A couple of miles from Halsway is the infamous location of Walford’s Gibbet. Locally this seems to be an extremely well known story and the Internet also has several versions of this story. For those of you not familiar with the tale I will share a version of it now;
John Walford was a local charcoal burner who lived near Over Stowey. His work required him to spend long, lonely hours on the Quantocks where a slovenly but cunning girl named Jane Shorney visited him. Following her visits Jane became pregnant and John was forced to marry her, forsaking his true love, Anne Rice.
The marriage was not a happy one and one evening, following a visit to the Castle of Comfort Inn John Murdered Jane dumping her body at Dead Woman’s Ditch. The murder happened after only three weeks of marriage.
There followed a trial and John was sentenced to Hang, near the site of the murder and then have his body hung in a gibbet for a year. It is said that John asked to see Anne Rice when he stood at the gallows and they shared a few quiet moments together.
This story and its many variations holds much interest for me. Time has painted John Walford as a wronged man who was forced into marriage and his wife; Jane Shorney carried the blame. Typical of local folklore, many of the facts have been forgotten or changed. As have real locations. But this story is quite unique in that it is an actual event, occurring locally and, as a crime, many of the facts are held in the sessions records for 1789 making it potentially good story to demonstrate the progression of a folk story over time.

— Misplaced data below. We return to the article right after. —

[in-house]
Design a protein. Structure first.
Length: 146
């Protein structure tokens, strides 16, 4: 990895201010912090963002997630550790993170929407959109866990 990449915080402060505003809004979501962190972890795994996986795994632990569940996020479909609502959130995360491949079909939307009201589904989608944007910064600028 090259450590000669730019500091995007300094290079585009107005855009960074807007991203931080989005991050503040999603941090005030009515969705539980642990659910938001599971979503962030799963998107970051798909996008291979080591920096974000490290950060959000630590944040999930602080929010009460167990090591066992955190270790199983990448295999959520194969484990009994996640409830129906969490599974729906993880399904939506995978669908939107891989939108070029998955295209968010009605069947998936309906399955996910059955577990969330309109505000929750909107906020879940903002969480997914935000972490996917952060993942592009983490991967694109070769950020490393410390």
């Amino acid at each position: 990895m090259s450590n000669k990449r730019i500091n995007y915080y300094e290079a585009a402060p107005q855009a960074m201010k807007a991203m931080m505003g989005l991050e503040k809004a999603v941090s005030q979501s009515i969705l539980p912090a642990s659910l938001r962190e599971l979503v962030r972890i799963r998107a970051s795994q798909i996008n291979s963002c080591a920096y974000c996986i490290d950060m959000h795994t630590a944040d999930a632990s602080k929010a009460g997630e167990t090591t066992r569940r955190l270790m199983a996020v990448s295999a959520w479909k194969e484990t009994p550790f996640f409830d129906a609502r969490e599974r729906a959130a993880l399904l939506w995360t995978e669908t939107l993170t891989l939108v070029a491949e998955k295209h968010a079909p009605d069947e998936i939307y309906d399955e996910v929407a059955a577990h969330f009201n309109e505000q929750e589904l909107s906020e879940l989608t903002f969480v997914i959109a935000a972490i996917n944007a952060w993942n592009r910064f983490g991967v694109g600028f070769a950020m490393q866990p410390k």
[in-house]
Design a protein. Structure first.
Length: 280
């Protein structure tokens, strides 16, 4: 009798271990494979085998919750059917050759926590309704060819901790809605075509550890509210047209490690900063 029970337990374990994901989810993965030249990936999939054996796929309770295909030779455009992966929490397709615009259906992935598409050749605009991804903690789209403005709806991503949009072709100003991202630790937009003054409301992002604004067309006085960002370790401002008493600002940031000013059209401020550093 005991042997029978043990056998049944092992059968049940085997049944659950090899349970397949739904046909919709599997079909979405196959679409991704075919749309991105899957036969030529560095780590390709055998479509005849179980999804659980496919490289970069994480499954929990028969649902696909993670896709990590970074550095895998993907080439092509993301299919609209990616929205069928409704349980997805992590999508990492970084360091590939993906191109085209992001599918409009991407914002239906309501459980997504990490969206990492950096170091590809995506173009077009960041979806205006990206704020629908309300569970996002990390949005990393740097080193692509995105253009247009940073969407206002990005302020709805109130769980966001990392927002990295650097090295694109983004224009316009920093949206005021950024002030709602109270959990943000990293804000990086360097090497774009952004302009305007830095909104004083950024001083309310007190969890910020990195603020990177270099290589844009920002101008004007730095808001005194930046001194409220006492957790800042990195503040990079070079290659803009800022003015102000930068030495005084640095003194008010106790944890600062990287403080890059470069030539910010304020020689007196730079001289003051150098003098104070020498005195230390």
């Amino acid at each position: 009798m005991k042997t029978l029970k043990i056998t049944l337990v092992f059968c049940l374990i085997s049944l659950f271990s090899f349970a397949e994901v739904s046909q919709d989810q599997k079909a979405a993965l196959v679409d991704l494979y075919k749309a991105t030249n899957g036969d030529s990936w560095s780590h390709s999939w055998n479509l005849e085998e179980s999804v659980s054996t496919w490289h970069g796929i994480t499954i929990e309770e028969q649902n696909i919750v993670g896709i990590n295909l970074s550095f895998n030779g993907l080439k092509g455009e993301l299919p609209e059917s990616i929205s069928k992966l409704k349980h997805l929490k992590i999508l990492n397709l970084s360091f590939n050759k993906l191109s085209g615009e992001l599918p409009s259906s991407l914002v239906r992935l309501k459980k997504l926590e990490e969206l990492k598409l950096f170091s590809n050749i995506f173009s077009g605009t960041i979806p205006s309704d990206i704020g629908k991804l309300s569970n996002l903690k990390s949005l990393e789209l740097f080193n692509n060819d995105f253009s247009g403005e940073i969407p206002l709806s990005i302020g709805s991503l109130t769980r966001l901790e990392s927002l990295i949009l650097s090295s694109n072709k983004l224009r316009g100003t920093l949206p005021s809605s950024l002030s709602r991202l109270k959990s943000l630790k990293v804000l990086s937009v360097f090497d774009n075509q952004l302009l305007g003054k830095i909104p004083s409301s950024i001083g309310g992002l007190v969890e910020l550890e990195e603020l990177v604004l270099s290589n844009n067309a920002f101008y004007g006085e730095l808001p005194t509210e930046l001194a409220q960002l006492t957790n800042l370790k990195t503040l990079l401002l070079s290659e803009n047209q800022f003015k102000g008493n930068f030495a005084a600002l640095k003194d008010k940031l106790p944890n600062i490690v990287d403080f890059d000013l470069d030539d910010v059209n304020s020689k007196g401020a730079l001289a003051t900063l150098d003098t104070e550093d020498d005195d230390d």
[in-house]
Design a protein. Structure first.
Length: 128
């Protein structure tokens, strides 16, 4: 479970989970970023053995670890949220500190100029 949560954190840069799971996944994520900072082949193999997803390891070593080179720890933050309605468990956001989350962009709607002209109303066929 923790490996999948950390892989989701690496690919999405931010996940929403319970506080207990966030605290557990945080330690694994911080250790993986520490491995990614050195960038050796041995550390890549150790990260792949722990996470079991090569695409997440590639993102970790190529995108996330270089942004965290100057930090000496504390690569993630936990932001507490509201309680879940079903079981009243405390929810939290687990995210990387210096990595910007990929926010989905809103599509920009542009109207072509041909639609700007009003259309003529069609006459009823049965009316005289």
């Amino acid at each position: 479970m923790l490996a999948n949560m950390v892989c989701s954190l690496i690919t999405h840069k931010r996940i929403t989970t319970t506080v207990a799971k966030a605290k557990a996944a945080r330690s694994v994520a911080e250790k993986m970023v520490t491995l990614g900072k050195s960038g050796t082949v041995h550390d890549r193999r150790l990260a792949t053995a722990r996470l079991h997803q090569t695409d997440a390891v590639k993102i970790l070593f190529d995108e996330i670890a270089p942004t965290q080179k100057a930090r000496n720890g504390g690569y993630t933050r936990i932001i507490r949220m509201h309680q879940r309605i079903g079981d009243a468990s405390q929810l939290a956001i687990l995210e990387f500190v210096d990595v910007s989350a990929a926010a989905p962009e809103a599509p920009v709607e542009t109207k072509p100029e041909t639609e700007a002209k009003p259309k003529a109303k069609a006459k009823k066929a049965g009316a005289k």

As I research the story I will share the facts with you.
It has been a little while since my last post but this isn’t down to me enjoying the spring sunshine. I have been researching local folklore and traditions and trying to place them in Halsway’s landscape. One of the difficulties with this is that, not only have some events been dramatically changed or forgotten over time, but the exact locations have also become a little foggy, not helped by a landscape that has changed over time.